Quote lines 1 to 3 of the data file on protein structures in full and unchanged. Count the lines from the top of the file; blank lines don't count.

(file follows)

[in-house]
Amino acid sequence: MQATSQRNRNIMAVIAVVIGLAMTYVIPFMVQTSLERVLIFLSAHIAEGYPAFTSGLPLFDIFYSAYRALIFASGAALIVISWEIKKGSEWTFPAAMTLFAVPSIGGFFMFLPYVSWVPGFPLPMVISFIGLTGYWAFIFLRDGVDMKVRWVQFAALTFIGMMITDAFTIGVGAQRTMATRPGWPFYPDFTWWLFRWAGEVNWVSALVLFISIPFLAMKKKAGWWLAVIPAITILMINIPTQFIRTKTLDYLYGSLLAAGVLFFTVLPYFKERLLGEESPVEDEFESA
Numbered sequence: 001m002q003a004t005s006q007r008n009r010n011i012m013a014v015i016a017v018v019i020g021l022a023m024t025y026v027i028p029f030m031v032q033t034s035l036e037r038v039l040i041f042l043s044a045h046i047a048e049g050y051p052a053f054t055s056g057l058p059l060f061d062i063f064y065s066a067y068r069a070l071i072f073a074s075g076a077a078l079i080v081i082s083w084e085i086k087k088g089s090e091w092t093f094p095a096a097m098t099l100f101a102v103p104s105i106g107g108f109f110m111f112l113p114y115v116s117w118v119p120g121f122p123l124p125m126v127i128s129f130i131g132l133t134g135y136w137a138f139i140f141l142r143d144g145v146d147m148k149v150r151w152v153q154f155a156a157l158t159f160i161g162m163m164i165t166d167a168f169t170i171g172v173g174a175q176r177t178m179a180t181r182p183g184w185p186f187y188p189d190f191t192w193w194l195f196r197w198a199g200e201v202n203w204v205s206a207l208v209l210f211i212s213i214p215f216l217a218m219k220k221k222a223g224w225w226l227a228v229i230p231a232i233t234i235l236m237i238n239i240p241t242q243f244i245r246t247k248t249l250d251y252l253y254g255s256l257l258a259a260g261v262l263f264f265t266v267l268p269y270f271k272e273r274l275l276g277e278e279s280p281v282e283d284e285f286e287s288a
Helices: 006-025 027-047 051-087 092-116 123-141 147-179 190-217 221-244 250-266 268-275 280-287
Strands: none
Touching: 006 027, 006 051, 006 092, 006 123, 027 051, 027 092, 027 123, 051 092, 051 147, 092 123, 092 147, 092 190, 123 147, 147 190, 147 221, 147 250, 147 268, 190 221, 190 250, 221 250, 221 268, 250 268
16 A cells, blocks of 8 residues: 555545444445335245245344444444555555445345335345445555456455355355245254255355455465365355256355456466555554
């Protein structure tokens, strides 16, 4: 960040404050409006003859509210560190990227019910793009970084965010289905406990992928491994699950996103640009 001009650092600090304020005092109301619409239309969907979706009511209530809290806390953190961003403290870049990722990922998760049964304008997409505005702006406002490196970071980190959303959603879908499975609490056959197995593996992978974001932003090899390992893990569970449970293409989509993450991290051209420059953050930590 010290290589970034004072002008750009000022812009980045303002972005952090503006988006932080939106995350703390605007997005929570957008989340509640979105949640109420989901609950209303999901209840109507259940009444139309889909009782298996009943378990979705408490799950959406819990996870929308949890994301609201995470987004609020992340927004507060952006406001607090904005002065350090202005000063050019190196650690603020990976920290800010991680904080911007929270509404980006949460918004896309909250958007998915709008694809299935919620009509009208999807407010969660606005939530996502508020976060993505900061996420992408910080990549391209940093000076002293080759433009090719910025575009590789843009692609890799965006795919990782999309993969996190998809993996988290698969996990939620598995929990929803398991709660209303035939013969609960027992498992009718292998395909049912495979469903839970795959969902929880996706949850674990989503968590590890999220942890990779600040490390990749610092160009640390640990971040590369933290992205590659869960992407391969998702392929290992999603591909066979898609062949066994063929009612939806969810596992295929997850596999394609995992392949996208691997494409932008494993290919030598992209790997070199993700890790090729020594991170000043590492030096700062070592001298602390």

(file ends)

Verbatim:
[in-house]
Amino acid sequence: MQATSQRNRNIMAVIAVVIGLAMTYVIPFMVQTSLERVLIFLSAHIAEGYPAFTSGLPLFDIFYSAYRALIFASGAALIVISWEIKKGSEWTFPAAMTLFAVPSIGGFFMFLPYVSWVPGFPLPMVISFIGLTGYWAFIFLRDGVDMKVRWVQFAALTFIGMMITDAFTIGVGAQRTMATRPGWPFYPDFTWWLFRWAGEVNWVSALVLFISIPFLAMKKKAGWWLAVIPAITILMINIPTQFIRTKTLDYLYGSLLAAGVLFFTVLPYFKERLLGEESPVEDEFESA
Numbered sequence: 001m002q003a004t005s006q007r008n009r010n011i012m013a014v015i016a017v018v019i020g021l022a023m024t025y026v027i028p029f030m031v032q033t034s035l036e037r038v039l040i041f042l043s044a045h046i047a048e049g050y051p052a053f054t055s056g057l058p059l060f061d062i063f064y065s066a067y068r069a070l071i072f073a074s075g076a077a078l079i080v081i082s083w084e085i086k087k088g089s090e091w092t093f094p095a096a097m098t099l100f101a102v103p104s105i106g107g108f109f110m111f112l113p114y115v116s117w118v119p120g121f122p123l124p125m126v127i128s129f130i131g132l133t134g135y136w137a138f139i140f141l142r143d144g145v146d147m148k149v150r151w152v153q154f155a156a157l158t159f160i161g162m163m164i165t166d167a168f169t170i171g172v173g174a175q176r177t178m179a180t181r182p183g184w185p186f187y188p189d190f191t192w193w194l195f196r197w198a199g200e201v202n203w204v205s206a207l208v209l210f211i212s213i214p215f216l217a218m219k220k221k222a223g224w225w226l227a228v229i230p231a232i233t234i235l236m237i238n239i240p241t242q243f244i245r246t247k248t249l250d251y252l253y254g255s256l257l258a259a260g261v262l263f264f265t266v267l268p269y270f271k272e273r274l275l276g277e278e279s280p281v282e283d284e285f286e287s288a